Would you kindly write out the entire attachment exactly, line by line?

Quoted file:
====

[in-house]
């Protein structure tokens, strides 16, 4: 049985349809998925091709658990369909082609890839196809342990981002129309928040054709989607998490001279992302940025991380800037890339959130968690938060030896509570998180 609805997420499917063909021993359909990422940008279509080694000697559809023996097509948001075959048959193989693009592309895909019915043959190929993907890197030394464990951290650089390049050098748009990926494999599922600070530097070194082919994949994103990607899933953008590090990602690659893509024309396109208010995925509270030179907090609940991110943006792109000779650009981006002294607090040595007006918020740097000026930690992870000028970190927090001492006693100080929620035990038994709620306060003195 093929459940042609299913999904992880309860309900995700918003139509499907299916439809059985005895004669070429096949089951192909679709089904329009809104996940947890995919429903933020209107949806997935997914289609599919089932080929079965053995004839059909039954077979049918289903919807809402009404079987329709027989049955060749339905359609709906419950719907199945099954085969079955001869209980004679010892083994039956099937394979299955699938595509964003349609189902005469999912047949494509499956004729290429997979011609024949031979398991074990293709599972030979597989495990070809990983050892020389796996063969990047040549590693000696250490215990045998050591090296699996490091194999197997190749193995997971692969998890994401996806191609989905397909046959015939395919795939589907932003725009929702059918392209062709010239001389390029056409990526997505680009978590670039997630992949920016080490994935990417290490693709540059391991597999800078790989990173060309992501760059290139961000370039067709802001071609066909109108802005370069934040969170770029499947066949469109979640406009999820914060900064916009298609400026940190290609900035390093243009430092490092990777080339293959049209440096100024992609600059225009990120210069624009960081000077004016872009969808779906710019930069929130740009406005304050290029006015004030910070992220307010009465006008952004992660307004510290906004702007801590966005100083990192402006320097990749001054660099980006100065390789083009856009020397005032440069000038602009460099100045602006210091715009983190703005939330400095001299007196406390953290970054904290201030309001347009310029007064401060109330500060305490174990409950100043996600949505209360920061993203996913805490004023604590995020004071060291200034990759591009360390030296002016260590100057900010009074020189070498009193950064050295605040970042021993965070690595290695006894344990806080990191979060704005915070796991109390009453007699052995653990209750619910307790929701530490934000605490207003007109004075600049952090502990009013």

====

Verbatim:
[in-house]
């Protein structure tokens, strides 16, 4: 049985349809998925091709658990369909082609890839196809342990981002129309928040054709989607998490001279992302940025991380800037890339959130968690938060030896509570998180 609805997420499917063909021993359909990422940008279509080694000697559809023996097509948001075959048959193989693009592309895909019915043959190929993907890197030394464990951290650089390049050098748009990926494999599922600070530097070194082919994949994103990607899933953008590090990602690659893509024309396109208010995925509270030179907090609940991110943006792109000779650009981006002294607090040595007006918020740097000026930690992870000028970190927090001492006693100080929620035990038994709620306060003195 093929459940042609299913999904992880309860309900995700918003139509499907299916439809059985005895004669070429096949089951192909679709089904329009809104996940947890995919429903933020209107949806997935997914289609599919089932080929079965053995004839059909039954077979049918289903919807809402009404079987329709027989049955060749339905359609709906419950719907199945099954085969079955001869209980004679010892083994039956099937394979299955699938595509964003349609189902005469999912047949494509499956004729290429997979011609024949031979398991074990293709599972030979597989495990070809990983050892020389796996063969990047040549590693000696250490215990045998050591090296699996490091194999197997190749193995997971692969998890994401996806191609989905397909046959015939395919795939589907932003725009929702059918392209062709010239001389390029056409990526997505680009978590670039997630992949920016080490994935990417290490693709540059391991597999800078790989990173060309992501760059290139961000370039067709802001071609066909109108802005370069934040969170770029499947066949469109979640406009999820914060900064916009298609400026940190290609900035390093243009430092490092990777080339293959049209440096100024992609600059225009990120210069624009960081000077004016872009969808779906710019930069929130740009406005304050290029006015004030910070992220307010009465006008952004992660307004510290906004702007801590966005100083990192402006320097990749001054660099980006100065390789083009856009020397005032440069000038602009460099100045602006210091715009983190703005939330400095001299007196406390953290970054904290201030309001347009310029007064401060109330500060305490174990409950100043996600949505209360920061993203996913805490004023604590995020004071060291200034990759591009360390030296002016260590100057900010009074020189070498009193950064050295605040970042021993965070690595290695006894344990806080990191979060704005915070796991109390009453007699052995653990209750619910307790929701530490934000605490207003007109004075600049952090502990009013």